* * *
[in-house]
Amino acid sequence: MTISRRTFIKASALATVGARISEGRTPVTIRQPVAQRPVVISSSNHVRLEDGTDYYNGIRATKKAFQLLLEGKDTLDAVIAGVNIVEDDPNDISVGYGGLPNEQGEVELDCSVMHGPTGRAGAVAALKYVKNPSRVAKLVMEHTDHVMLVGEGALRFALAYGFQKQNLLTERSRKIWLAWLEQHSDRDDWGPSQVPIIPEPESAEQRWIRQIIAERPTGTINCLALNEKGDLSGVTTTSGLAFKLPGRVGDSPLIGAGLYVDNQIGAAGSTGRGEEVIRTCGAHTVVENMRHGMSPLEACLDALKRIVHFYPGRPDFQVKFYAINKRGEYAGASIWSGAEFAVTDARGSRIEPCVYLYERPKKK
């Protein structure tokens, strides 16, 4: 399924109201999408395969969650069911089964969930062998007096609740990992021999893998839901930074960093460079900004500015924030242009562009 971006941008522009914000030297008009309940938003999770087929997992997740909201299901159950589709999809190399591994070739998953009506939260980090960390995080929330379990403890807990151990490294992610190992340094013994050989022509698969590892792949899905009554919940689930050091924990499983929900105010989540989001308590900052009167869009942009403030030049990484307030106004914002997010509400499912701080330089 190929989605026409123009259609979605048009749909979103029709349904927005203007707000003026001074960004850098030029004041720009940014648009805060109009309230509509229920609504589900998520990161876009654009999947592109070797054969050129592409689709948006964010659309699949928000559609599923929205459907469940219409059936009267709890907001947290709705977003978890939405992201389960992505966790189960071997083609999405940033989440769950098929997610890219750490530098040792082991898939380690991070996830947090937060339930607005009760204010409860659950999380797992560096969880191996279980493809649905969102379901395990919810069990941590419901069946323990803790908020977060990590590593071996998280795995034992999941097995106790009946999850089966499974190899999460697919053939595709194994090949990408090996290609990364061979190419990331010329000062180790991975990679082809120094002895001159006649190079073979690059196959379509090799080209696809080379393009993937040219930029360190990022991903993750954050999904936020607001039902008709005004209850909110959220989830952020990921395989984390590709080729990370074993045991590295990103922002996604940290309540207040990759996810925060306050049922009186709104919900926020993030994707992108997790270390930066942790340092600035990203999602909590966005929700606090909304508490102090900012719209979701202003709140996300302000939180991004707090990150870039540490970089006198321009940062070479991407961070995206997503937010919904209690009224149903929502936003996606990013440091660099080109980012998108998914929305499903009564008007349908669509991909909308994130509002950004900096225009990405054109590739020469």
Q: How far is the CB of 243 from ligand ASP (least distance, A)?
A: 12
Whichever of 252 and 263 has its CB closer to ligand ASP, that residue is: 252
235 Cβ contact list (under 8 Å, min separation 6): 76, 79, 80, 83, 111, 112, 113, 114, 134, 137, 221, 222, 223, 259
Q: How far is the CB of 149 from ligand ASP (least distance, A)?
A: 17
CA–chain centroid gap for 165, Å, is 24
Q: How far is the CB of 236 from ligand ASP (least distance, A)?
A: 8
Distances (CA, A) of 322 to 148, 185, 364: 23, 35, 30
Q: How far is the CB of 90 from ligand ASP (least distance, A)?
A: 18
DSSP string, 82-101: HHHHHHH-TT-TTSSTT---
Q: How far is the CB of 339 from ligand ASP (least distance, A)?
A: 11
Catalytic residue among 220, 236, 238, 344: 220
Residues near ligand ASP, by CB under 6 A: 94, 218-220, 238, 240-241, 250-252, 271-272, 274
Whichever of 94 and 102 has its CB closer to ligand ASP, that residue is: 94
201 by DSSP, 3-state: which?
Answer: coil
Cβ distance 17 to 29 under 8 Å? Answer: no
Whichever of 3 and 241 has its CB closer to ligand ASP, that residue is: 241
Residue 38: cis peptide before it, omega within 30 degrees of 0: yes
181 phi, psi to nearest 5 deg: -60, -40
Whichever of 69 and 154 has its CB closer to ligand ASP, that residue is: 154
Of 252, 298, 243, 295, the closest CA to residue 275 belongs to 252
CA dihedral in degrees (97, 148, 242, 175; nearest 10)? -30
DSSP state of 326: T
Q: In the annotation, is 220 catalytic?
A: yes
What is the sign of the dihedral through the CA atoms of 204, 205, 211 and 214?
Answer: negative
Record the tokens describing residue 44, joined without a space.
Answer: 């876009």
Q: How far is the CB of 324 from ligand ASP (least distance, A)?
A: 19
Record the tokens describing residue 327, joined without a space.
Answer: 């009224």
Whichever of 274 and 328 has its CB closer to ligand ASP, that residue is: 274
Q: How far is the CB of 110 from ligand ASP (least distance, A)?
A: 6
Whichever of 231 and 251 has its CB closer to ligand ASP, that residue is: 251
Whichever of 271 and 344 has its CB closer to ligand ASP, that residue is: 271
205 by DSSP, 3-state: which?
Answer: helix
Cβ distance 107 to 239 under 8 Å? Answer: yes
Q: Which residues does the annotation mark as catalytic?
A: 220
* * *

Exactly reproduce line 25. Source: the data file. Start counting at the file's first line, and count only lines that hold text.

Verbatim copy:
Whichever of 3 and 241 has its CB closer to ligand ASP, that residue is: 241